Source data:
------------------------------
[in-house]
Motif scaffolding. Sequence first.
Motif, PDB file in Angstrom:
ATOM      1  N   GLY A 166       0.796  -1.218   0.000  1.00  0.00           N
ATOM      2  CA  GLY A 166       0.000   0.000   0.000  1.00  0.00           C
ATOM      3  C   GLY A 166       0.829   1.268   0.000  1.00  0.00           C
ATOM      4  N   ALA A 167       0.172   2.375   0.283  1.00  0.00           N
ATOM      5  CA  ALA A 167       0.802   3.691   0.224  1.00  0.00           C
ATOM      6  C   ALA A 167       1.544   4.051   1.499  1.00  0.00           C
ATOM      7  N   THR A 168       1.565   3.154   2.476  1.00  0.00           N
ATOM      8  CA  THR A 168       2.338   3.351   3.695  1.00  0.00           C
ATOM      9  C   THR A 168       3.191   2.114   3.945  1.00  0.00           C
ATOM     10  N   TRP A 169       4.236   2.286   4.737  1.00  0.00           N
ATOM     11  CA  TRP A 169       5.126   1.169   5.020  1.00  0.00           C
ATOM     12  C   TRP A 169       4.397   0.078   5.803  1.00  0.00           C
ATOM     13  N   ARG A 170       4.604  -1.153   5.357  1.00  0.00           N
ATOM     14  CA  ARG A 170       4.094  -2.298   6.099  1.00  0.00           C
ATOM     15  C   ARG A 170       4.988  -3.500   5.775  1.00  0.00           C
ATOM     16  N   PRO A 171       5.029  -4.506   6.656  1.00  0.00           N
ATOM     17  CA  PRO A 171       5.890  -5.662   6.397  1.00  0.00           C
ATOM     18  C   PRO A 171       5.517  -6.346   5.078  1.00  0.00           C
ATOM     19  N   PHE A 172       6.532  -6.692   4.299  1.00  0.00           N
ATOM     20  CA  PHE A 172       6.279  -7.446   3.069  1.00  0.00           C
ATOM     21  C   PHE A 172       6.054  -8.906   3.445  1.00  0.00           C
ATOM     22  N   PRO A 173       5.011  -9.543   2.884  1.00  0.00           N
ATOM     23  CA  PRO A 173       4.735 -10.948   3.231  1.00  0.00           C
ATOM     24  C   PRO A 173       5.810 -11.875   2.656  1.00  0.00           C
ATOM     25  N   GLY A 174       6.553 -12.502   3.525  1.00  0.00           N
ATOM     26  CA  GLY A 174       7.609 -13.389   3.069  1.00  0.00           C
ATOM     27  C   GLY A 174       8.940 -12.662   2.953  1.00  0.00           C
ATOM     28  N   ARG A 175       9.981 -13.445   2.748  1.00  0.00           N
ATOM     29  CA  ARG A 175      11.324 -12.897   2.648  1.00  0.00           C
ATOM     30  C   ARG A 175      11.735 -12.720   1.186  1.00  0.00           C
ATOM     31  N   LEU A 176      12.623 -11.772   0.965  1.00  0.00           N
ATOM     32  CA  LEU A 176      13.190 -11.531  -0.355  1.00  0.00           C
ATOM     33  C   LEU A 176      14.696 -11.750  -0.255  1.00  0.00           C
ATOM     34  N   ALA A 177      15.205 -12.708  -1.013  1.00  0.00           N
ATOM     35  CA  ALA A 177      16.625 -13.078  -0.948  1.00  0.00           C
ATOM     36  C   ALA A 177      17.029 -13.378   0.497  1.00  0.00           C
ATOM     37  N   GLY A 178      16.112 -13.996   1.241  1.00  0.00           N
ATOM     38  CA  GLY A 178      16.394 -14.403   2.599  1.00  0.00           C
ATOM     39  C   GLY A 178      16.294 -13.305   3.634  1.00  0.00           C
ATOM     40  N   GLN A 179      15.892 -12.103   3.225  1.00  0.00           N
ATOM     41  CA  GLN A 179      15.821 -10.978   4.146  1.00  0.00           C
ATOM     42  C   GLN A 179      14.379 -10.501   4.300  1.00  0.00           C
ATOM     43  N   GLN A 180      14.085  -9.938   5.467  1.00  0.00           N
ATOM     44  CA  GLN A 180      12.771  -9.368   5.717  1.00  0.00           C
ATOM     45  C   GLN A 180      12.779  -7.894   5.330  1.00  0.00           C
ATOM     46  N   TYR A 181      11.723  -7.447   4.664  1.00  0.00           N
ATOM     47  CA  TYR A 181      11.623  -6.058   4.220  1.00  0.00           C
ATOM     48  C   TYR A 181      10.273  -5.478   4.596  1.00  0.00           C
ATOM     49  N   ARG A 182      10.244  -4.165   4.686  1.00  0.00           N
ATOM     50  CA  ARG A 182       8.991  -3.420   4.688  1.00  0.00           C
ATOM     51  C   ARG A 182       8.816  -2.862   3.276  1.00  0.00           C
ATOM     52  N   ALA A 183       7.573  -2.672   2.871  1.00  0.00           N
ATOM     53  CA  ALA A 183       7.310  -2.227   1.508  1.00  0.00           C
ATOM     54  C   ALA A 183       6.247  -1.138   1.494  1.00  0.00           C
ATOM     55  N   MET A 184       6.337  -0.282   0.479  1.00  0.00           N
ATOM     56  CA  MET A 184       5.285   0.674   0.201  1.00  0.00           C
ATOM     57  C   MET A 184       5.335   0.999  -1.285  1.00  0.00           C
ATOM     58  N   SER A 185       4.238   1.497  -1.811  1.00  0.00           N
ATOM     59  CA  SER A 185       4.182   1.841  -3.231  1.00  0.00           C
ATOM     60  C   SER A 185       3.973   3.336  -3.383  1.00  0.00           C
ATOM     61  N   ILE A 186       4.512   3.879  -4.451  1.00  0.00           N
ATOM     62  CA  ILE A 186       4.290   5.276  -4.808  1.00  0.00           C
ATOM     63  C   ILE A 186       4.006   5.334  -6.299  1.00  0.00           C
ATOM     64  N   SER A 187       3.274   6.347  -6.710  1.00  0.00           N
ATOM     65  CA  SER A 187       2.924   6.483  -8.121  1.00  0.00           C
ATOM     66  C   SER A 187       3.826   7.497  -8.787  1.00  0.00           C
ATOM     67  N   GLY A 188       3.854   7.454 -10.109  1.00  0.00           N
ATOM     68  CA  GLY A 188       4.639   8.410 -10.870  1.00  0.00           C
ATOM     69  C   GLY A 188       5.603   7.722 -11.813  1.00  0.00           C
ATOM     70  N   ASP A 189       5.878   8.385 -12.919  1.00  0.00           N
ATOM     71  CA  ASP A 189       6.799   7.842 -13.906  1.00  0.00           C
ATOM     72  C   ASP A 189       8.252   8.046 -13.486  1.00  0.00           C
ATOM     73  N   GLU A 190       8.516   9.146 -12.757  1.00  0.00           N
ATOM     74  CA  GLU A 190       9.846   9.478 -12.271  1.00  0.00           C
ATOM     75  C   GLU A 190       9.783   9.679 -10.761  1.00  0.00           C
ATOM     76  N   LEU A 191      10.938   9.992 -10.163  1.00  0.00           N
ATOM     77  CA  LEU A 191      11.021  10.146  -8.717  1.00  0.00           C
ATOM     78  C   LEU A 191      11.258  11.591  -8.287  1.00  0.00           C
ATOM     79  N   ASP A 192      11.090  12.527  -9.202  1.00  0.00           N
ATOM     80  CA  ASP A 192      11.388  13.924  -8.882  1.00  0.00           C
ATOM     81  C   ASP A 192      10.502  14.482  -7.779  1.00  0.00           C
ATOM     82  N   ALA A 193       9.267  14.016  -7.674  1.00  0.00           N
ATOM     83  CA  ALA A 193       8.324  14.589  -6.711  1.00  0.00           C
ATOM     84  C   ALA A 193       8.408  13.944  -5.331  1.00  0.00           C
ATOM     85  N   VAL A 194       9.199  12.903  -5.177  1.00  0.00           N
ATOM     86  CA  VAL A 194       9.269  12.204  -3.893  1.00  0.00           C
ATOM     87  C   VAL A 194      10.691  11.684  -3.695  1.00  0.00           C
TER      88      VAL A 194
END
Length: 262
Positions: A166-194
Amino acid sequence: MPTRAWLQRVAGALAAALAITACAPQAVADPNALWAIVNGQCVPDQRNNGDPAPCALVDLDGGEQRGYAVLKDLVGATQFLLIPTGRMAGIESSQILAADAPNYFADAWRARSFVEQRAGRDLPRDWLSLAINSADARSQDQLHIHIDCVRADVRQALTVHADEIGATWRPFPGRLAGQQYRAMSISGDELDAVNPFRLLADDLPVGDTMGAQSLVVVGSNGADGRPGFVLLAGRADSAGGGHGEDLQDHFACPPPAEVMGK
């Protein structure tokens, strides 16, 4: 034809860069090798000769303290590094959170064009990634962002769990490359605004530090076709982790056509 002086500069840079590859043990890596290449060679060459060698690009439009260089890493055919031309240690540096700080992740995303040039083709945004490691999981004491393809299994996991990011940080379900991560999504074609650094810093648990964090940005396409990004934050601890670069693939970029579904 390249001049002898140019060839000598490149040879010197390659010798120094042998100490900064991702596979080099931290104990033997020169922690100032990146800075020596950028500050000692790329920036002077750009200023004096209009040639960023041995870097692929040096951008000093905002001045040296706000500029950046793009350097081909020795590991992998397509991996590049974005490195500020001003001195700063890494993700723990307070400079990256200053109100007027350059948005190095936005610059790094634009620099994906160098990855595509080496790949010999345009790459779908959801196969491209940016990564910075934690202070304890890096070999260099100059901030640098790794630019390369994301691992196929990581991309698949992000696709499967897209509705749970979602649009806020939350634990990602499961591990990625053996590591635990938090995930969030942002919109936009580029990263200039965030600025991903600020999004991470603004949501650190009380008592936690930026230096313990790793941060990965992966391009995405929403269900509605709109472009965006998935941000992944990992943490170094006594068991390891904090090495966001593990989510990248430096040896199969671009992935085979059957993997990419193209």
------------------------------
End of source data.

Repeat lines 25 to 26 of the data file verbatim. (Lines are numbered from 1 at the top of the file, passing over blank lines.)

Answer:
ATOM     22  N   PRO A 173       5.011  -9.543   2.884  1.00  0.00           N
ATOM     23  CA  PRO A 173       4.735 -10.948   3.231  1.00  0.00           C